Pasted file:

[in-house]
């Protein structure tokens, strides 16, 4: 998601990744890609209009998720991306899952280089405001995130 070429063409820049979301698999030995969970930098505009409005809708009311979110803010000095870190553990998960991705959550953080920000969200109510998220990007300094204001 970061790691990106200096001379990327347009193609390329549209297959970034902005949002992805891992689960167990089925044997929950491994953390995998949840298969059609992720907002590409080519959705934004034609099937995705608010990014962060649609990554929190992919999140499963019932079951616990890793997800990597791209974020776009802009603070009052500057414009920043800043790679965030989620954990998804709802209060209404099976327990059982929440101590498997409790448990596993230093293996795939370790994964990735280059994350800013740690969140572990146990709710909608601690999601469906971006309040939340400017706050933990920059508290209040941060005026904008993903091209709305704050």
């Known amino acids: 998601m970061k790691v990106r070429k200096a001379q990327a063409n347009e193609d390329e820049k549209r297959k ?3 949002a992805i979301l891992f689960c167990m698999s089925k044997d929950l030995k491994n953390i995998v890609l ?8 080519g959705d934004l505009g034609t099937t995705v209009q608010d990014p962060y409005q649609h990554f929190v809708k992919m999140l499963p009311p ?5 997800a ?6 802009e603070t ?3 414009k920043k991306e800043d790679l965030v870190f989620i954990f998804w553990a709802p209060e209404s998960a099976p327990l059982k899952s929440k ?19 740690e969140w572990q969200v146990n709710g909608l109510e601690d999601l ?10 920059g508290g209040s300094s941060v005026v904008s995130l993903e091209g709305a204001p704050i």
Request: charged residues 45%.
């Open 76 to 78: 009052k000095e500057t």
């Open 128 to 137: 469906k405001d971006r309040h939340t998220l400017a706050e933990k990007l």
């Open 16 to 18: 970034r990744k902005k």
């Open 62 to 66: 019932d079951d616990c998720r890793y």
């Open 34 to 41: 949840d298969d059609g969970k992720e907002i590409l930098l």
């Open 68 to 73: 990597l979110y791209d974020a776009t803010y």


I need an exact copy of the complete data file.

[in-house]
């Protein structure tokens, strides 16, 4: 998601990744890609209009998720991306899952280089405001995130 070429063409820049979301698999030995969970930098505009409005809708009311979110803010000095870190553990998960991705959550953080920000969200109510998220990007300094204001 970061790691990106200096001379990327347009193609390329549209297959970034902005949002992805891992689960167990089925044997929950491994953390995998949840298969059609992720907002590409080519959705934004034609099937995705608010990014962060649609990554929190992919999140499963019932079951616990890793997800990597791209974020776009802009603070009052500057414009920043800043790679965030989620954990998804709802209060209404099976327990059982929440101590498997409790448990596993230093293996795939370790994964990735280059994350800013740690969140572990146990709710909608601690999601469906971006309040939340400017706050933990920059508290209040941060005026904008993903091209709305704050």
């Known amino acids: 998601m970061k790691v990106r070429k200096a001379q990327a063409n347009e193609d390329e820049k549209r297959k ?3 949002a992805i979301l891992f689960c167990m698999s089925k044997d929950l030995k491994n953390i995998v890609l ?8 080519g959705d934004l505009g034609t099937t995705v209009q608010d990014p962060y409005q649609h990554f929190v809708k992919m999140l499963p009311p ?5 997800a ?6 802009e603070t ?3 414009k920043k991306e800043d790679l965030v870190f989620i954990f998804w553990a709802p209060e209404s998960a099976p327990l059982k899952s929440k ?19 740690e969140w572990q969200v146990n709710g909608l109510e601690d999601l ?10 920059g508290g209040s300094s941060v005026v904008s995130l993903e091209g709305a204001p704050i």
Request: charged residues 45%.
């Open 76 to 78: 009052k000095e500057t």
């Open 128 to 137: 469906k405001d971006r309040h939340t998220l400017a706050e933990k990007l």
């Open 16 to 18: 970034r990744k902005k």
């Open 62 to 66: 019932d079951d616990c998720r890793y």
């Open 34 to 41: 949840d298969d059609g969970k992720e907002i590409l930098l």
């Open 68 to 73: 990597l979110y791209d974020a776009t803010y």